Open Access

A novel locus for mycelial aggregation forms a gateway to improved Streptomyces cell factories

  • Dino van Dissel1,
  • Dennis Claessen1,
  • Martin Roth2 and
  • Gilles P van Wezel1Email author
Microbial Cell Factories201514:44

https://doi.org/10.1186/s12934-015-0224-6

Received: 10 February 2015

Accepted: 9 March 2015

Published: 1 April 2015

Abstract

Background

Streptomycetes produce a plethora of natural products including antibiotics and anticancer drugs, as well as many industrial enzymes. Their mycelial life style is a major bottleneck for industrial exploitation and over decades strain improvement programs have selected production strains with better growth properties. Uncovering the nature of the underlying mutations should allow the ready transfer of desirable traits to other production hosts.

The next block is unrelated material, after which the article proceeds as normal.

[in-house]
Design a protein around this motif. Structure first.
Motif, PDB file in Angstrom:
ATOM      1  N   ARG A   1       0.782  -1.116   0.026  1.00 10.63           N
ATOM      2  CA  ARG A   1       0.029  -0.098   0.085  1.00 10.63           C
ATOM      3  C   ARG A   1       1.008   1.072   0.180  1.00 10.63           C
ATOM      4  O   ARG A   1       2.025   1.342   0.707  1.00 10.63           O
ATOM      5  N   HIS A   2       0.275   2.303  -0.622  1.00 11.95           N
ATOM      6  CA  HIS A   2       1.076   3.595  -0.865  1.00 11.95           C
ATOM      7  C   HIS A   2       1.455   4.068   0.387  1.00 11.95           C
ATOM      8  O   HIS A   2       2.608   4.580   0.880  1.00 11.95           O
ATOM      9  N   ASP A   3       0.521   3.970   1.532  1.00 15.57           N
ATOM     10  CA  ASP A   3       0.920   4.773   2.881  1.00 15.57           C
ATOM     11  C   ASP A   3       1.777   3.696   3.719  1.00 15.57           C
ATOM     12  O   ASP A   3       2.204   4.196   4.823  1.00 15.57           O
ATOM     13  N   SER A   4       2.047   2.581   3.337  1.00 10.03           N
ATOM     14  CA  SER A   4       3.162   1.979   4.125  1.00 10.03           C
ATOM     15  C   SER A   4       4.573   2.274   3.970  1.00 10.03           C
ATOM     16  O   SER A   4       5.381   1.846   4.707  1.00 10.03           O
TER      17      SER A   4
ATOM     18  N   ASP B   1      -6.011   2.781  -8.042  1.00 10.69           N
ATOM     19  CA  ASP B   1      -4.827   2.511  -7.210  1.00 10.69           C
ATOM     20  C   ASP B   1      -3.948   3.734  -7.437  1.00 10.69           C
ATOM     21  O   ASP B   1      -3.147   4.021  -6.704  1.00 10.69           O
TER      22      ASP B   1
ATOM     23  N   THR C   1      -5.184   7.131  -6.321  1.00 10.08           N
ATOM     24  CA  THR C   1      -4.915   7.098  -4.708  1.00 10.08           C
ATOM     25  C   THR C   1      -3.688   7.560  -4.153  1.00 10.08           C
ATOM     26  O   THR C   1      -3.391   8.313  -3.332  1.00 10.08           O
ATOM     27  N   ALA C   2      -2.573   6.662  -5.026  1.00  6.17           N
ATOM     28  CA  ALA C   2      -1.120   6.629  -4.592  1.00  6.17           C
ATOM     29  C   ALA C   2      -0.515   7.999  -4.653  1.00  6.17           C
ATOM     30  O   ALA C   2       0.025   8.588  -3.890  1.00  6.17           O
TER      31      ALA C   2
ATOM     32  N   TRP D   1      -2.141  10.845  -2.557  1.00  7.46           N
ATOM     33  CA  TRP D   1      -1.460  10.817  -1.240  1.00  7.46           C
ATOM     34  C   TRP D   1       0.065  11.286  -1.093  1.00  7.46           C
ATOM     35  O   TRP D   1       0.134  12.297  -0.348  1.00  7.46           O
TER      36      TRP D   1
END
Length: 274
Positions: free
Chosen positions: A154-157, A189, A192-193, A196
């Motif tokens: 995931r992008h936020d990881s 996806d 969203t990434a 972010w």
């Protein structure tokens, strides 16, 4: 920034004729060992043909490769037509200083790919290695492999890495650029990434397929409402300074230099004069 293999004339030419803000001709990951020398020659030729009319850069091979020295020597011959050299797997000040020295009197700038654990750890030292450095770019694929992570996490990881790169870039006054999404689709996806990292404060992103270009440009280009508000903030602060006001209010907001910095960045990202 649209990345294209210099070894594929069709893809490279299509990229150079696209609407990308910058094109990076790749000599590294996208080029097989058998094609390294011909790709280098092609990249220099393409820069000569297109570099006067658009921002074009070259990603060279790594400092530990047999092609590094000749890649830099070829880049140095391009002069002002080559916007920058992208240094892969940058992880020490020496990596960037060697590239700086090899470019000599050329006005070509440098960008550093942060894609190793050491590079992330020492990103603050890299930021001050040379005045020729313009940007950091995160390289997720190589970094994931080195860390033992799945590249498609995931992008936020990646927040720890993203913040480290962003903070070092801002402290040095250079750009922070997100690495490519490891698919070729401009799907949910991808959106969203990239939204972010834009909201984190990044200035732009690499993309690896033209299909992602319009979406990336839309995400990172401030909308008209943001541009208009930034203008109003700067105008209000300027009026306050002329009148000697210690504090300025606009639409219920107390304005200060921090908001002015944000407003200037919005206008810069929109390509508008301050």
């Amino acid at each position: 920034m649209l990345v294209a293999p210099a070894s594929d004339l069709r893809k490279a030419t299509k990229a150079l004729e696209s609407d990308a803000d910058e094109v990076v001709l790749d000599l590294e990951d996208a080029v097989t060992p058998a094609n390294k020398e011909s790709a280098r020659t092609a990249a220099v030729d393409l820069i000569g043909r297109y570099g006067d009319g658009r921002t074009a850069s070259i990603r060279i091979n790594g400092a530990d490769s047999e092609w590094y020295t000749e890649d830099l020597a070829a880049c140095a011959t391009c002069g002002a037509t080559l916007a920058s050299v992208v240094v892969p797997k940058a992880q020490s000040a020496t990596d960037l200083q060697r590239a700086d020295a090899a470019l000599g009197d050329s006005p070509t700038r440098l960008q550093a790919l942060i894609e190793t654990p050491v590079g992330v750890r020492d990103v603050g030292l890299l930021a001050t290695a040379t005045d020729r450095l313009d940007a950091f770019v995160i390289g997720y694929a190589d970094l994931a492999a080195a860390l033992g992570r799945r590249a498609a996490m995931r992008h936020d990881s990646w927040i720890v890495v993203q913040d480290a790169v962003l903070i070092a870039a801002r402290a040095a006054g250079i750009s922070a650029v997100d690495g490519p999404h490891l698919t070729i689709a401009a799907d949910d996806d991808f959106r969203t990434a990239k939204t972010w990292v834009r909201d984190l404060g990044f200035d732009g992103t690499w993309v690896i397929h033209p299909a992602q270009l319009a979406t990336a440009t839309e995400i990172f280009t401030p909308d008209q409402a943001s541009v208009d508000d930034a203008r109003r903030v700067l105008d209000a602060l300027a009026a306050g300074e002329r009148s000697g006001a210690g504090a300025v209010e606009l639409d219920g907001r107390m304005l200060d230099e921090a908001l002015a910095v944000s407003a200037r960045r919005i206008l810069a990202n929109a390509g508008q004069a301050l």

Results

Here we report that the mat gene cluster, which was identified through reverse engineering of a non-pelleting mutant selected in a chemostat, is key to pellet formation of Streptomyces lividans. Deletion of matA or matB, which encode putative polysaccharide synthases, effects mycelial metamorphosis, with very small and open mycelia. Growth rate and productivity of the matAB null mutant were increased by over 60% as compared to the wild-type strain.

Conclusion

Here, we present a way to counteract pellet formation by streptomycetes, which is one of the major bottlenecks in their industrial application. The mat locus is an ideal target for rational strain design approaches aimed at improving streptomycetes as industrial production hosts.

Keywords

Reverse engineering Morphology Genome sequencing Pellet Actinomycete Antibiotic

Background